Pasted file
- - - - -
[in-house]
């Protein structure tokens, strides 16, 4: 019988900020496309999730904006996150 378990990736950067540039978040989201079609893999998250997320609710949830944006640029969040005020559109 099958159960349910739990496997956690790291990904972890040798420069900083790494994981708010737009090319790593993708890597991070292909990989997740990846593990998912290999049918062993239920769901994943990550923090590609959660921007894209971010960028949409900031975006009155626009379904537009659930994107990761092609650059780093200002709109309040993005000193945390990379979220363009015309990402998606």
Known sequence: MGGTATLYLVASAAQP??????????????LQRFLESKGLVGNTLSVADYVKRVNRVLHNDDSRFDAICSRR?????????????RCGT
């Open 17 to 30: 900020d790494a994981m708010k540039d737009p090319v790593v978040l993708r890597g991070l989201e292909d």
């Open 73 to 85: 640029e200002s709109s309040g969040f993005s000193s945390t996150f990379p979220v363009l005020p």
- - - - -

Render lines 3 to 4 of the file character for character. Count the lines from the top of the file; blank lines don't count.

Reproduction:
Known sequence: MGGTATLYLVASAAQP??????????????LQRFLESKGLVGNTLSVADYVKRVNRVLHNDDSRFDAICSRR?????????????RCGT
């Open 17 to 30: 900020d790494a994981m708010k540039d737009p090319v790593v978040l993708r890597g991070l989201e292909d």